To minimize these inefficiencies and waste, various control schemes have been introduced which attempt to monitor the fluctuations in the heating value of the fuel gases being introduced into a combustion chamber, and, via feedback mechanisms, to adjust the rate at which the fuel is introduced, so as to maintain delivery of a uniform heating value per unit time to the chamber. This is particularly important in the case of furnaces or boilers which combust a variety of fuel gases simultaneously, since at different times, the mix of fuel gases within a given volume may vary widely. Representative of such prior art control schemes is the apparatus shown in U.S. Pat. No. 4,329,873. This patent discloses an apparatus in which a sample gas and combustion gases are combined in a reaction chamber, and they are oxidized by the action of a catalytic heating element. This heating element is monitored for changes in its resistance caused by the heating of the combusted gases, and a feedback signal based on this resistance change controls the flow rate of the sample gas into the chamber. A similar system disclosed in U.S. Pat. No. 4,329,874 monitors the temperature difference between one end of a catalytically-coated heating element located within the reaction chamber and the opposite end located outside the chamber. The end of the heating element within the reaction chamber is heated by the oxidation of the fuel gas, however, a controller varies the current to the element to maintain a predetermined temperature differential between its two ends. The measure of the difference in the electric current supplied to the element can be correlated to the calorific heating content of the fuel gas.

In U.S. Pat. No. 4,170,455, there is shown a system in which the temperature of an incoming fuel gas is measured. The gas is passed through a perforate metal heat shield into contact with a bed of particulate catalyst, thereby causing combustion. The temperature of the combusted gas is measured, with the temperature difference being correlatable to the concentration of the gas of interest. The assembly formed of the particulate catalyst and the surrounding metal mesh screen is configured to maximize the bed volume-to-surface area ratio, so as to maximize the flow capacity-to-heat loss ratio of the system.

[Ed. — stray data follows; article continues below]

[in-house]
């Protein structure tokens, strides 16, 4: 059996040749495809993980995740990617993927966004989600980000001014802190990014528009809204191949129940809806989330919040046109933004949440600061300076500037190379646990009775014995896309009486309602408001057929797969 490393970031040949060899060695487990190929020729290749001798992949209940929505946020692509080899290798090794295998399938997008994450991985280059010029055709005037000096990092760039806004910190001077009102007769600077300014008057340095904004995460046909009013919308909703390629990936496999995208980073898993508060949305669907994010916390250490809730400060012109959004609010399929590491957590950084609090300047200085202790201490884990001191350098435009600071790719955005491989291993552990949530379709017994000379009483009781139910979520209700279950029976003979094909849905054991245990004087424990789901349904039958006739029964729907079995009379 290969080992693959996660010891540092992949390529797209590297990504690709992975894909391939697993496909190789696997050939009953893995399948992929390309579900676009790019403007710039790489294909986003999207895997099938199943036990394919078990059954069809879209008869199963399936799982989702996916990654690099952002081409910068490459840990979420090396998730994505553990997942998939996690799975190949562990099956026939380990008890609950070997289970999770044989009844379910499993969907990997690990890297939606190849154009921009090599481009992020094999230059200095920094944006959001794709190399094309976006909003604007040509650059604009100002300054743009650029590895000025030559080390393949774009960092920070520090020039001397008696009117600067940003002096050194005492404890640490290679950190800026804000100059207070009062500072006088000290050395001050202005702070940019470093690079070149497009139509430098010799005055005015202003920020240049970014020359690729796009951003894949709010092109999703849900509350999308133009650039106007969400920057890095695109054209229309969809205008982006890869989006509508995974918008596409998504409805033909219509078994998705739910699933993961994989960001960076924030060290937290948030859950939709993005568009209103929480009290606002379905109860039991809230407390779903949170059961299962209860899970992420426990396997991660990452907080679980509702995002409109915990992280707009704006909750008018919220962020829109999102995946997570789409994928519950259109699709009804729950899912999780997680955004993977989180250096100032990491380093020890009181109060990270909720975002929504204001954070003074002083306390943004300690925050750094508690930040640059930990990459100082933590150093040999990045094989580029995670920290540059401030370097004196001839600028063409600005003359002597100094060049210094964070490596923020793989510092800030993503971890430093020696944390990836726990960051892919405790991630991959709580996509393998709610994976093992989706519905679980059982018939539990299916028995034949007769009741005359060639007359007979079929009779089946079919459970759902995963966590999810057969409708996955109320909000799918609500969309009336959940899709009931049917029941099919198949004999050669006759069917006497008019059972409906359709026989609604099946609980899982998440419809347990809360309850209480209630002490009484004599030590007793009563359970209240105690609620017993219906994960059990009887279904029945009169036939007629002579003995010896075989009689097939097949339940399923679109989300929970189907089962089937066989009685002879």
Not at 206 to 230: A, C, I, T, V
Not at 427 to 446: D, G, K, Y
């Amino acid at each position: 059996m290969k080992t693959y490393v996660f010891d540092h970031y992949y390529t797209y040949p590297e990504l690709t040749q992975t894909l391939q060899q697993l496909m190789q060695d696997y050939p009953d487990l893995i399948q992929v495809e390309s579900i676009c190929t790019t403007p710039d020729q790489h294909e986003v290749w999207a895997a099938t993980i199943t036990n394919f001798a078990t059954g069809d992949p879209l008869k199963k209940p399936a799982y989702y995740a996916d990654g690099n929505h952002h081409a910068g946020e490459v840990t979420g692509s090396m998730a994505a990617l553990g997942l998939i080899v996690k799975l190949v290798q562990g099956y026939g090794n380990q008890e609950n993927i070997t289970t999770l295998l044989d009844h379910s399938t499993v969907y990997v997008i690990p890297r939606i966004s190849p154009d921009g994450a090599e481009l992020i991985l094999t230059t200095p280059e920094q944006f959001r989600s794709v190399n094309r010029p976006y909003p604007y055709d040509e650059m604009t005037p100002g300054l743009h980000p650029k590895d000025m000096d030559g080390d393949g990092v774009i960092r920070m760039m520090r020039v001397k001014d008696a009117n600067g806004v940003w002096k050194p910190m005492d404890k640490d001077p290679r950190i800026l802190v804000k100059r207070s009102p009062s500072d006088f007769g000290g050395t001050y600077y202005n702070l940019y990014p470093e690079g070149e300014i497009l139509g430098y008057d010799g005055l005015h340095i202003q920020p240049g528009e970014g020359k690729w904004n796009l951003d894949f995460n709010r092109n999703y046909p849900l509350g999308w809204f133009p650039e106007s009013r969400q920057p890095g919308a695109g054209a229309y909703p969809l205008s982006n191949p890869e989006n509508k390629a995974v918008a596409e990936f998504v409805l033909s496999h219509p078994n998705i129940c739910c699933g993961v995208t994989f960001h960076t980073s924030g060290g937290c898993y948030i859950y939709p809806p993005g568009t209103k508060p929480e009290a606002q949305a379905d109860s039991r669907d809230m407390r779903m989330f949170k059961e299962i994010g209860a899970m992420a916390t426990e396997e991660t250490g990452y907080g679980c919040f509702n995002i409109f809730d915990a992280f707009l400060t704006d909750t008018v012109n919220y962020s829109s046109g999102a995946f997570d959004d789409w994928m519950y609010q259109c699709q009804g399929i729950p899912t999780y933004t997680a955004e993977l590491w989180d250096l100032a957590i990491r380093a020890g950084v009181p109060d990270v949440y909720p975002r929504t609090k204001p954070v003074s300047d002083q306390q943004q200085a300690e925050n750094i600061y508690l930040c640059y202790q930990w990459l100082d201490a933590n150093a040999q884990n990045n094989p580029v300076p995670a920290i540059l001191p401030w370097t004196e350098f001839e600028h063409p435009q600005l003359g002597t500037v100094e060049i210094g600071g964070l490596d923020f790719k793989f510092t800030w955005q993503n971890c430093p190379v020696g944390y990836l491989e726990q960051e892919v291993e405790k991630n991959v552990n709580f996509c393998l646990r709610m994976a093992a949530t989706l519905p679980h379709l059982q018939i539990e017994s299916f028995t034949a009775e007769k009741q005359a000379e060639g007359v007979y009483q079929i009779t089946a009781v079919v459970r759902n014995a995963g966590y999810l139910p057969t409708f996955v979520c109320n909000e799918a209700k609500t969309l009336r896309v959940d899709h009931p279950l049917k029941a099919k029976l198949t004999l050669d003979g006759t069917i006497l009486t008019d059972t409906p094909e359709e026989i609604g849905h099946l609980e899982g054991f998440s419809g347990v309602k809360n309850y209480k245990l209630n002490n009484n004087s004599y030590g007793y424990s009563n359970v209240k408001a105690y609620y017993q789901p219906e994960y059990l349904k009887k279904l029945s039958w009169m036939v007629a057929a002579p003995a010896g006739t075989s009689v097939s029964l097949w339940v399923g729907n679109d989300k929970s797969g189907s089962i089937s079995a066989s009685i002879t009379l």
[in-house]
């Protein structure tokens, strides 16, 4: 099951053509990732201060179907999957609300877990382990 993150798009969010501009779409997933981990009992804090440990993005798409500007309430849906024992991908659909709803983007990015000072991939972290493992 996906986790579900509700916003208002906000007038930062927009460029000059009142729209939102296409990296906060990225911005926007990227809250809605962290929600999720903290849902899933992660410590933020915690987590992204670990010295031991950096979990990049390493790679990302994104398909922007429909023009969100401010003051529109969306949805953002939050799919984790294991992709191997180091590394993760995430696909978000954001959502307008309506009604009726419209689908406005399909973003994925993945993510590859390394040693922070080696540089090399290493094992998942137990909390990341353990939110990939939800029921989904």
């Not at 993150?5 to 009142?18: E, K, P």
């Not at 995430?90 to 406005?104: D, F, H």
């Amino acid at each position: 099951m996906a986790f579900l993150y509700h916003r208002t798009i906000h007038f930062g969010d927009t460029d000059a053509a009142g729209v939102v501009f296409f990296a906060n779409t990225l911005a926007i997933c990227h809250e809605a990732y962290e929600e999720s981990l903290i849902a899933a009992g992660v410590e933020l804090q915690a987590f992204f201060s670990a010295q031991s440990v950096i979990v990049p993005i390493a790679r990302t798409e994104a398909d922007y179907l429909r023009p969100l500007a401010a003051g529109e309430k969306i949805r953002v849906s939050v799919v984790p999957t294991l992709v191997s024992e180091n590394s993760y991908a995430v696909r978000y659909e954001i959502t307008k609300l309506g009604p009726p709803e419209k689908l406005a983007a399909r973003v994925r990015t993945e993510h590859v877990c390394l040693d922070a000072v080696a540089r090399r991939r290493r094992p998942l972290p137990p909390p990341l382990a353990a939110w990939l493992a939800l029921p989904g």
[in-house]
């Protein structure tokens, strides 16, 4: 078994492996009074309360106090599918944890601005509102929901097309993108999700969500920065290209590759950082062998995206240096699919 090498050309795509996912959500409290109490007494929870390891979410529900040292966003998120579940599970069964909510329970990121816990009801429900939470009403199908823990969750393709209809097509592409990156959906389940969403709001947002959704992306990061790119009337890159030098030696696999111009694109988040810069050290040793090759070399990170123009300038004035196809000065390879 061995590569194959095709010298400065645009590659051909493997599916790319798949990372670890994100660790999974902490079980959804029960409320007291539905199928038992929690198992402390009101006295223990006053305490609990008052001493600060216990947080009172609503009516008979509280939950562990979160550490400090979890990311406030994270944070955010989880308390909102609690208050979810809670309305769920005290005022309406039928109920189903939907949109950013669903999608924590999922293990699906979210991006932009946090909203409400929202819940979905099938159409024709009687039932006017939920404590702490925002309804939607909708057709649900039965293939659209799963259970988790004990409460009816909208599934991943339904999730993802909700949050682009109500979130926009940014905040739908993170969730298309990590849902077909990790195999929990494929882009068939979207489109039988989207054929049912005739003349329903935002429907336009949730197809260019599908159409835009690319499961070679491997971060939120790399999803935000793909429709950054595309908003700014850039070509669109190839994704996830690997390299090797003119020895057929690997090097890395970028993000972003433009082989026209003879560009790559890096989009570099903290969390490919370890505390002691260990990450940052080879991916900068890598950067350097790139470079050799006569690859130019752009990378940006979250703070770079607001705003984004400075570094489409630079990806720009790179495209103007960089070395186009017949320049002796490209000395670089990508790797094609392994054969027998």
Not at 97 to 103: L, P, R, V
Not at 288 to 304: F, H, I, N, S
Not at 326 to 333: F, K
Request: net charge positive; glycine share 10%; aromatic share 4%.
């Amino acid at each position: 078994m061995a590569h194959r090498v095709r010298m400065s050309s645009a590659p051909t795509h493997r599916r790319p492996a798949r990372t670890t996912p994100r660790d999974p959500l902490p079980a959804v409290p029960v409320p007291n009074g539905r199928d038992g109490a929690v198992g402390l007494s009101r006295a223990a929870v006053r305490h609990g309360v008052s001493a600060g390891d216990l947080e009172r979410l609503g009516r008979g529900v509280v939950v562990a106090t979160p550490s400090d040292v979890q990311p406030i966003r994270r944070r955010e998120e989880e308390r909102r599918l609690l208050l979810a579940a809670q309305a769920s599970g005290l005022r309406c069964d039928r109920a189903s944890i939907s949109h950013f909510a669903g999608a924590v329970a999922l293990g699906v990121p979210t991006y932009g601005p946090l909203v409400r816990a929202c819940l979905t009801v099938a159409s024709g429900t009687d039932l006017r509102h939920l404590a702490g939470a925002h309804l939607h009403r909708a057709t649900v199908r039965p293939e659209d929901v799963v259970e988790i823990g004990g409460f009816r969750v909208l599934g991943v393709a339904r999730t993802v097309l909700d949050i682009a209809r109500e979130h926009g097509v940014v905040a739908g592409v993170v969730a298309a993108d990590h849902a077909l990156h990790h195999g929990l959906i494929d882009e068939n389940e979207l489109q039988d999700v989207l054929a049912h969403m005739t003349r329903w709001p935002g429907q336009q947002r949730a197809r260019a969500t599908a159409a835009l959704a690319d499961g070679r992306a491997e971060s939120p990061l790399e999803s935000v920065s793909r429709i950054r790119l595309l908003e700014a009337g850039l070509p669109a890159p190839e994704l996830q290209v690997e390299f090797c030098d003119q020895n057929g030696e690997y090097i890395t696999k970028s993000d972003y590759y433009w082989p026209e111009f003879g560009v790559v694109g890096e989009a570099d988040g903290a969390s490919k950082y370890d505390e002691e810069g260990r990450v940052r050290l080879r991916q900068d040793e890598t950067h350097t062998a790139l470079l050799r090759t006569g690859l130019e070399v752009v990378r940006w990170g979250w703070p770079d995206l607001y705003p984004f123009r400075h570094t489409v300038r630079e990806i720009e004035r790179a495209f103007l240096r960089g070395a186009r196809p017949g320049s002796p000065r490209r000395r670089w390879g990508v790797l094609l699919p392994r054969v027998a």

A major drawback of many such prior art systems is that, since they are based on a catalytic reaction and localized temperature measurement, the response of the system is inherently dependent on the composition of the fuel gases. Catalysts are generally not of universal applicability, and the rate of catalytic reactions varies greatly for different reacting substances. Therefore if a combustion process utilizes fuel gases of a widely varying nature, separate measurement systems using separate catalysts and/or calibrations would be required. When the composition of the fuel is unknown, the design of the measuring unit must take into account the highly variable rates of oxidation of the component gases, which may range from hydrogen (very reactive) to methane and other alkanes. Any heat value measurement derived from the heat released by combustion of only part of the sample is probably composition dependent, as the fraction which will react depends on the chemical species present and the stoichiometry of the mixture.

It should be pointed out that catalysts are susceptible to "poisoning" when contaminated by foreign substances, which often are an unavoidable part of the incoming fuel stream. Also, catalysts tend to age, and their performance characteristics change over time, thereby adversely affecting the accuracy and precision of the control process.

Therefore, there is still a need within the industry to provide a more universal measuring apparatus for measuring the BTU, or heating value or calorific content, of a fuel gas, which is capable of measuring a wide variety of sample gases, either individually or in mixtures, and without recalibration.

It is a further object of the present invention to provide such a system which is not susceptible to poisoning or degradation by foreign fuel gases, and is tolerant of wide fluctuations in the type of fuel gas being supplied.

It is a further object of the present invention to provide an apparatus to perform the above functions in a manner that is adaptable to existing furnaces, boilers and other similar combustion apparatus, and which performs its functions in an economical manner.